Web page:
With NAB less than a month away it seems a certainty that we’ll see new versions of the two main NLE platforms vying for the attention of broadcast and professional editors. And they both reach version 7.0 – we’ll see Avid Media Composer (and Symphony) 7.0 and Adobe Premiere CS7 – what are we hoping for?
Adobe has really pushed Premiere forward in the last few versions. An application that was entirely overlooked by many editors before (despite the fact many already owned it alongside After Effects) has become an ideal choice for many.
Premiere’s recent growth can obviously be partly attributed to Apple’s dramatic change of direction with FCP, but Adobe also put serious effort into making the product meet the needs of a new client base. They have also been innovating – the performance that Adobe has managed to pack into Premiere with their Mercury Playbeck technology way exceeds what others have achieved.
What is missing from Premiere then? Overall – not much. You’d be hard pressed to find a project that you couldn’t execute pretty well in the current Adobe Premiere, but there are a few areas of weakness…
One big frustration with Premiere for many people is the almost non-existent media management tools. There is no easy way to transcode clips in bulk in Premiere while maintaining links and clip relationships. Similarly it is not easy to trim unused media from a project to make project backup. FCP offered these features with their Media Manager, but it was never quite perfect. Avid, on the other hand, has had these abilities as a core functionality for a long time.
Adobe already has the parts of this puzzle in their Media Encoder and Prelude products, but they aren’t integrated into Premiere in a functional way. Hopefully the developer have heard this feedback from users and figured out how to implement a solid media management tool into Premiere CS7.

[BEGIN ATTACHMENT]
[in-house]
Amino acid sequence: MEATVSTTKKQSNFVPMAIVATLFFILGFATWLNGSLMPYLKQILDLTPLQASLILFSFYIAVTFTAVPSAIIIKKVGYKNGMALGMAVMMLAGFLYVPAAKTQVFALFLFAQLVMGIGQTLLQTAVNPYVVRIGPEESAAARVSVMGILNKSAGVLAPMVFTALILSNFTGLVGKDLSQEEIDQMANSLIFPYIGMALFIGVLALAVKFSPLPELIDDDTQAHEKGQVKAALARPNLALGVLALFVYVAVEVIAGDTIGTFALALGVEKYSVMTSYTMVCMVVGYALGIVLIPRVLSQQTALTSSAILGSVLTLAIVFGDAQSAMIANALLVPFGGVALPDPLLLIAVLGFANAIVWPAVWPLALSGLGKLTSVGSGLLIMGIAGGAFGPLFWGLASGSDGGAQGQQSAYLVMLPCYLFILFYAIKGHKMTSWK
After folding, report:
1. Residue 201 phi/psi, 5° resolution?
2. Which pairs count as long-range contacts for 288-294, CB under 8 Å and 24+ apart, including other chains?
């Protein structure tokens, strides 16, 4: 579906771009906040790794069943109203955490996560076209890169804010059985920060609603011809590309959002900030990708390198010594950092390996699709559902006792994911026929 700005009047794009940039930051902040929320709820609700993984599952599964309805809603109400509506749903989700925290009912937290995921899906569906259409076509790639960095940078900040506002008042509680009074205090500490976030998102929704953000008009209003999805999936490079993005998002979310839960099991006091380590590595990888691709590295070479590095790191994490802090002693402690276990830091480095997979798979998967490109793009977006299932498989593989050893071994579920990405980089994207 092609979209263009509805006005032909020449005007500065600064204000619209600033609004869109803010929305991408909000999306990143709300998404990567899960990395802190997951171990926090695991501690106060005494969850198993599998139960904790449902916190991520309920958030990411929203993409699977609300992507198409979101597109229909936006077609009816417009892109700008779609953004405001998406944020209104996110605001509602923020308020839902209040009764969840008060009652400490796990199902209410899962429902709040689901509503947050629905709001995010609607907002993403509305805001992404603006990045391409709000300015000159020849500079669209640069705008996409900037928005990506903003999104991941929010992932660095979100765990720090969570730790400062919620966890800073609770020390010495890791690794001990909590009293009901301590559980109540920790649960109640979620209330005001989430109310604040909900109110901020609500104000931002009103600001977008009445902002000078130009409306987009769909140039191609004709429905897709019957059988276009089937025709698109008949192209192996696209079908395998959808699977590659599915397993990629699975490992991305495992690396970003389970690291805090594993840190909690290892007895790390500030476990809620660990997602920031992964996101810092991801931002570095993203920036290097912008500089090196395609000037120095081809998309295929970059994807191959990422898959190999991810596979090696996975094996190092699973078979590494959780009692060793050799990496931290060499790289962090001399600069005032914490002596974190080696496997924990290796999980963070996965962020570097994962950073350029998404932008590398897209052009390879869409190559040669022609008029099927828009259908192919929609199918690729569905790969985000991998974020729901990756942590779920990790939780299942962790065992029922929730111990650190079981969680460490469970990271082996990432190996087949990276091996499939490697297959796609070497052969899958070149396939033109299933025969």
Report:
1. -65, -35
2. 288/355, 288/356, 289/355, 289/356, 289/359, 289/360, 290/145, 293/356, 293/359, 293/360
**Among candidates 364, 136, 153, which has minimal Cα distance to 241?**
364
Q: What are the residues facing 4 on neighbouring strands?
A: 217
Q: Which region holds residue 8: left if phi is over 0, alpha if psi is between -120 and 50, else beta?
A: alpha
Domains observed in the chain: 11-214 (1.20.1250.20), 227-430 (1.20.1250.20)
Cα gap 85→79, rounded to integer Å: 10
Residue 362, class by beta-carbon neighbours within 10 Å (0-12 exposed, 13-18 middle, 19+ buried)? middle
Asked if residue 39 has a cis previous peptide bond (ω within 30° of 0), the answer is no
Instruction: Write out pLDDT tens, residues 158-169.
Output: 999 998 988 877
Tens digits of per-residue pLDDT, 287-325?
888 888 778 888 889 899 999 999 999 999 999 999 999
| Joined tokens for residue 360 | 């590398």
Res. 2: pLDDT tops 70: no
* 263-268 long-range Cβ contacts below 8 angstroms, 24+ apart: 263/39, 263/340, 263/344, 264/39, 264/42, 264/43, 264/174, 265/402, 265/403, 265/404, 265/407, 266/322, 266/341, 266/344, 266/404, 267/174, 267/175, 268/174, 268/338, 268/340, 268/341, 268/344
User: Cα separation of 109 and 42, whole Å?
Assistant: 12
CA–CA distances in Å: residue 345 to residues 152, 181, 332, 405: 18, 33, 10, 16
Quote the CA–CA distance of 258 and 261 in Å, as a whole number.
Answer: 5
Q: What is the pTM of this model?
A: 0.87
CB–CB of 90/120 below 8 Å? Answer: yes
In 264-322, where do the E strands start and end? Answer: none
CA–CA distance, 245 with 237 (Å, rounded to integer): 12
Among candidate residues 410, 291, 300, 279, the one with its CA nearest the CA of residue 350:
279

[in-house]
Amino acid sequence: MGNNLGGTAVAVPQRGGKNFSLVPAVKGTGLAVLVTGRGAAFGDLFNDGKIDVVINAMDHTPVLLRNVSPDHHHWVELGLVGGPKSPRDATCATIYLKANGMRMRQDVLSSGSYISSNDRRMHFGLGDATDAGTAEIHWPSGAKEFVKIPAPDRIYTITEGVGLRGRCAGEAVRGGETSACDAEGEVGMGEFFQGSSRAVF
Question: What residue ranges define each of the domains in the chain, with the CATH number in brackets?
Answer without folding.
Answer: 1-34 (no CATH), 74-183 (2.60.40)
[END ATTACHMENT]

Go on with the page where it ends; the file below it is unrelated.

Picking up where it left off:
No one has really managed to do collaborative editing as well as Avid, but Premiere still hasn’t really got a good answer for the challenge. Adobe has been demonstrating their Adobe Anywhere product for a while, which has some real promise for some jobs but still may not solve the challenge for all users. However, even if Adobe doesn’t get this solved themselves it looks like third-parties may step in – EditShare is already announcing they will be offer a project-sharing plugin for Premiere CS7.
Avid Media Composer
I can’t pretend otherwise, I’m an Avid guy at heart, I’ve been cutting on Avid for ten years and have relied on their tools to deliver hundreds of hours of television. However being an avid Avid user can be a frustrating experience. Clearly Avid is a company with a really deep understanding of their market but they have also been pretty slow moving at times – probably a result of having 20 years of product legacy to carry with them as they upgrade and improve.
In the last few years Avid has become a lot more responsive to their clients, but there is a lot of momentum in a product like Media Composer and it doesn’t turn quickly but recent improvements (AMA, third-party I/O, 64-bit) hopefully have laid the groundwork for big improvements in 7.0 and beyond. Avid staffers have made it clear that they were spending a lot of time looking to the future when rewriting Media Composer as a 64-bit application and therefore have removed some of the hardcoded issues that prevented some big improvements in earlier versions.